The CEO of a software company has offered to pay the flight fare of five active service members so that they can spend Christmas with their families.
The whole thing began when North Carolina tech entrepreneur Ed Roshitsh posted on professional networking site “LinkedIn” with an offer to help military personnel get home of the holidays.
“Active duty US armed forces member who can’t afford to fly home for holidays? I will personally pay for five random service member’s airfare home,” he wrote. “Share and have the hero DM me. I will pull five names out of a hat on Dec. 3rd.”
Ed told WBTV that 18 hours went by without a single request for funds. Then, suddenly, the messages came flooding in.
“An email comes in. Another email comes in. Another email comes in,” he told the outlet, noting that some 60 people got in touch about the offer.
“I naively, innocently threw this out there, thinking that I will be able to give away, maybe, my five tickets,” Rohitsh, an airforce veteran himself, told WRAL TechWire.
“The thing just blew up. Like a snowball going down a hill, it caught more traction.”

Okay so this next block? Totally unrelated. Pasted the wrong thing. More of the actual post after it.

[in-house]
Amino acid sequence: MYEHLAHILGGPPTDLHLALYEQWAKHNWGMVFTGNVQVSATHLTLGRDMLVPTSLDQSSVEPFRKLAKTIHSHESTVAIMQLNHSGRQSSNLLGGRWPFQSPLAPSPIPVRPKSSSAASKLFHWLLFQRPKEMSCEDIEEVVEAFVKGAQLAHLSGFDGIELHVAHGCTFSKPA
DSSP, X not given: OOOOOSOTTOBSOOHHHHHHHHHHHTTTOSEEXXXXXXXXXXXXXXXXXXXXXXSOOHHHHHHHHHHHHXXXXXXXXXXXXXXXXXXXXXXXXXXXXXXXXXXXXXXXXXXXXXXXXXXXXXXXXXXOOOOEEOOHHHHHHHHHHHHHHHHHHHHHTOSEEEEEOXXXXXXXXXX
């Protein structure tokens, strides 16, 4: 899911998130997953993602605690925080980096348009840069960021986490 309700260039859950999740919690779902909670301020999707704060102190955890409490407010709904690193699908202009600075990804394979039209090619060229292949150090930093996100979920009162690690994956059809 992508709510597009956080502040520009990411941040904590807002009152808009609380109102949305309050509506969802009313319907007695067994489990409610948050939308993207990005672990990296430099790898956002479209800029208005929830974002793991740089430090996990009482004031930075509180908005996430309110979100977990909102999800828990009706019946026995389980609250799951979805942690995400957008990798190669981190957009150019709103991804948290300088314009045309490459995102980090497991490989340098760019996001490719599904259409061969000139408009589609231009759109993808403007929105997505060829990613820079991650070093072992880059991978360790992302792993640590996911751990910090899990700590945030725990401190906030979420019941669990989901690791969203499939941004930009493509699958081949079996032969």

Incredibly, as the list grew longer, other professionals started chipping in to help.
So far, some 42 service members have had their plane tickets booked, and Roshitsh has no plans of letting up any time soon.
“As long as the donations keep trickling in. I’ll keep drawing names,” he said.
The average ticket price is around $900, with a total of $30,000 collected so far. Roshitsh has vowed to cover the five most expensive flights, one of which was for a Private First Class flying from Okinawa, Japan to Palm Springs.
“He’s a private first class. That’s a $3000 ticket. I’m guessing that’s probably 20 percent of his paycheck for the whole year, just for that plane ticket home,” the CEO explained. “He was not going to get home for Christmas if someone didn’t step in.”
Rohitsch is also encouraging others to get involved in these wonderful acts of kindness and help bring some soldiers home to their families this Christmas. “Anybody could do this. Sponsoring one military person to get back home from the holidays is a real tangible thing,” he said. “I had no special power. I had a keyboard and five sentences, and got this thing rolling. Where there’s a will there’s a way.”